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Science historian wins Latsis Prize

Our attitudes towards our close relatives have changed over the years

Our attitudes towards our close relatives have changed over the years


Zurich-based science historian Marianne Sommer has won this year’s Latsis Prize for giving the study of science history a “tremendous boost” in Switzerland.

The prestigious award, worth SFr100,000 ($97,000), is presented each year by the National Science Foundation (SNF) to a research scientist under the age of 40 working in Switzerland.

Using methods from the field of cultural studies, 38-year-old Sommer – who studied both biology and English literature and linguistics at Zurich University – examines how the natural sciences go about explaining the history of humans.

In a statement, the SNF said there was growing public interest in such explanations, “which delve deep into the body to tell us who we are and where we come from”.

Sommer is convinced that the emergent field of science history deserves to be put on a stronger footing at Swiss universities.

“The history of science and science studies have become immensely important for a global history of knowledge,” she said.

“Those hoping to understand the networked, knowledge-based societies of our time must try to learn how knowledge is produced and circulated in such societies.”

The SNF said a passion for history had gripped scientists and laypeople alike and that it had chosen Sommer “for her widely acknowledged interdisciplinary research which had given the study of science history a tremendous boost in Switzerland”.

From beast to friend

While cultural studies generally explore the political nature of culture and often span a number of generations, the life sciences (evolutionary biology, palaeoanthropology and the study of genetic history) reconstruct history by analysing the human body.

In her investigations, Sommer has applied the methodology of cultural studies to these developments.

Earlier this year, she won an SNF-funded professorship at Zurich University’s Research Centre for Social and Economic History. She has also held research and lecture positions at the Max Planck Institute for the History of Science in Berlin and Stanford University.

In her PhD thesis Sommer showed how, with the passage of time, the image of the ape projected by the popular science magazine National Geographic changed from that of a wild beast to a friend and close relative.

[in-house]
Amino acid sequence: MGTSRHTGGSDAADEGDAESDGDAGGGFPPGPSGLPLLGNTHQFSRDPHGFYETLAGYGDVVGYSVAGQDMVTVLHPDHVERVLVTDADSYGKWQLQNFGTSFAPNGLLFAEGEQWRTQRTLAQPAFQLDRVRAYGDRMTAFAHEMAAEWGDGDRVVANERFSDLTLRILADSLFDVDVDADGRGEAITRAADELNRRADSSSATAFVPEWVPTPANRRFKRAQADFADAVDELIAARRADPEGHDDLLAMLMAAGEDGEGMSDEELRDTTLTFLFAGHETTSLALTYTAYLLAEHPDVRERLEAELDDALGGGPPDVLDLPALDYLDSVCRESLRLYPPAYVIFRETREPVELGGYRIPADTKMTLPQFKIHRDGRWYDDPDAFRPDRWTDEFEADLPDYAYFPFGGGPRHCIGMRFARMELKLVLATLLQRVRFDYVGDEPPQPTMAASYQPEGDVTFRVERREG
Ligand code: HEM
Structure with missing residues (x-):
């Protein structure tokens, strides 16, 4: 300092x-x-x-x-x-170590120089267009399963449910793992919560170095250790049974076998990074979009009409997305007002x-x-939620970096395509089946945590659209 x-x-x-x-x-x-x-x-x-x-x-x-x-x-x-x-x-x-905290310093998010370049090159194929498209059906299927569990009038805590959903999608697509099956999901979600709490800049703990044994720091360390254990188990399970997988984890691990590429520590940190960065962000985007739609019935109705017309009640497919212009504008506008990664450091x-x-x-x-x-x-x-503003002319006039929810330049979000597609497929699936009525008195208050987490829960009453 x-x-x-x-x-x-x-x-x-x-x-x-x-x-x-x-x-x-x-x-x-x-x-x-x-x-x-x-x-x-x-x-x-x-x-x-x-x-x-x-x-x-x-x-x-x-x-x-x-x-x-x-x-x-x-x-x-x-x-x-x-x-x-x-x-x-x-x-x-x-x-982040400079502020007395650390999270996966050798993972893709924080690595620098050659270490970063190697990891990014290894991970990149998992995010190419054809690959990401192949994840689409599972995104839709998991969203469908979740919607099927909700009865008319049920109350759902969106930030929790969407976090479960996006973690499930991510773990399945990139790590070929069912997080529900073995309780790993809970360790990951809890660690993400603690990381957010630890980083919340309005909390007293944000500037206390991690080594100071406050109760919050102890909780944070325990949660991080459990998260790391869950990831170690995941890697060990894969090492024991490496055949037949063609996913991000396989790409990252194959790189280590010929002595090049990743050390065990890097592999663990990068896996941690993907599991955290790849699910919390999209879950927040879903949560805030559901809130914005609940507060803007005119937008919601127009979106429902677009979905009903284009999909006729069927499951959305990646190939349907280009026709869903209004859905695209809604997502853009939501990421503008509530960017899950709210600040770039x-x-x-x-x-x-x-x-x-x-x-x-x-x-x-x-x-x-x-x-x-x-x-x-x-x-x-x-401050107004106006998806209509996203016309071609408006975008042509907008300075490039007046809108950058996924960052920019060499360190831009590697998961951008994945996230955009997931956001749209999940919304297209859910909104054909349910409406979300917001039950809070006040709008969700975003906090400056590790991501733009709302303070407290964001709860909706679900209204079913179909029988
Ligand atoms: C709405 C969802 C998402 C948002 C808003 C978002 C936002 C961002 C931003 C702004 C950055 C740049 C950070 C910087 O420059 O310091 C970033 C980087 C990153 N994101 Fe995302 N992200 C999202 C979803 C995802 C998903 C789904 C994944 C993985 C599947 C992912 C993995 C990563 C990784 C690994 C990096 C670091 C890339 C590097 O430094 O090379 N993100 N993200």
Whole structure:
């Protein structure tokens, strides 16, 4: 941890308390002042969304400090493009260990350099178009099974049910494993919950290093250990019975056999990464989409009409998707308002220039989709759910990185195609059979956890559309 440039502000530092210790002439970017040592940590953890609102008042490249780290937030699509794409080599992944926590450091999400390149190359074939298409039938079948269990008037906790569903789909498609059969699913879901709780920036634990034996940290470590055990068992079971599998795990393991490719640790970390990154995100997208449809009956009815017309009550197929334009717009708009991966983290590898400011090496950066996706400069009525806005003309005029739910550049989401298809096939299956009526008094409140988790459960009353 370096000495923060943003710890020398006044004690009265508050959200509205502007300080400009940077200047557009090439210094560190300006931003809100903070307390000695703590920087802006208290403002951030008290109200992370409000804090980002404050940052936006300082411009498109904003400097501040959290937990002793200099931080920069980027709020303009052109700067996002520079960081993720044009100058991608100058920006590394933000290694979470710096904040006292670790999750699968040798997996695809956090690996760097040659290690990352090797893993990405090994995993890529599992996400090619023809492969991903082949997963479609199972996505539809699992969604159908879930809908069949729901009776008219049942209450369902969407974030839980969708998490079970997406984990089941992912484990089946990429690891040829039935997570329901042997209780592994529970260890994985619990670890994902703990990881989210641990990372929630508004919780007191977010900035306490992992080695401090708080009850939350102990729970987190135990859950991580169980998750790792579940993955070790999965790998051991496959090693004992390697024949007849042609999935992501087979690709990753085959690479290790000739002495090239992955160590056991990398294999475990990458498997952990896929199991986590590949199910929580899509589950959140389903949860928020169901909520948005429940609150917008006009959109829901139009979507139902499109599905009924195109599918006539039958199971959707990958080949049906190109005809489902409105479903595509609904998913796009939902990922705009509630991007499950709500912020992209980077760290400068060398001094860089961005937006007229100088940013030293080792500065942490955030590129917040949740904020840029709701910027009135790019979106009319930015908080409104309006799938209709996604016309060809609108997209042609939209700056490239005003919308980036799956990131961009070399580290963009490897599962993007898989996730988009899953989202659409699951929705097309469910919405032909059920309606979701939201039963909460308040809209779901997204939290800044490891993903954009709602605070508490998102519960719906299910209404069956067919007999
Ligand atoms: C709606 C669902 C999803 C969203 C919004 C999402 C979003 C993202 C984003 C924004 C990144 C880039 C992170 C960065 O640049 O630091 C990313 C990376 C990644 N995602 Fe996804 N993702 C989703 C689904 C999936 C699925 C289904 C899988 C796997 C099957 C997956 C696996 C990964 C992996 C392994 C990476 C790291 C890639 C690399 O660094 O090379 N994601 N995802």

“Red Lady”

Her habilitation – a postdoctoral degree with lecture qualification – includes a discussion of how religion’s monopoly on interpretation came to be challenged by anthropology and archaeology.

She traces the history of “human origins sciences” using the example of the “Red Lady”, a skeleton discovered in Wales at the beginning of the 19th century. These bones have been repeatedly reinterpreted through the centuries in different scientific and cultural contexts.

With her latest research project, Sommer aims to identify the cultural and political implications of biology-based approaches to history, for instance the genetic reconstruction of blood relations and the history of migrating human populations.

Today, new DNA technologies have even become marketable: the origins and history of one’s DNA can be traced for a fee.

The Latsis Prize will be awarded on January 13, 2011 in Bern.

Latsis Prize

The National Latsis Prize is one of Switzerland's most prestigious scientific awards.

It is awarded annually on behalf of the Geneva-based Latsis Foundation by the Swiss National Science Foundation.

The SFr100,000 award honours the outstanding scientific achievements of a research scientist under age 40 working in Switzerland.

The Latsis Foundation, a charitable organisation, was established in 1975 by the Greek Latsis family in Geneva.

The Foundation currently sponsors six awards: four university prizes, worth SFr25,000 each, the National Latsis Prize and the European Latsis Prize, of SFr100,000 each.

end of infobox and agencies


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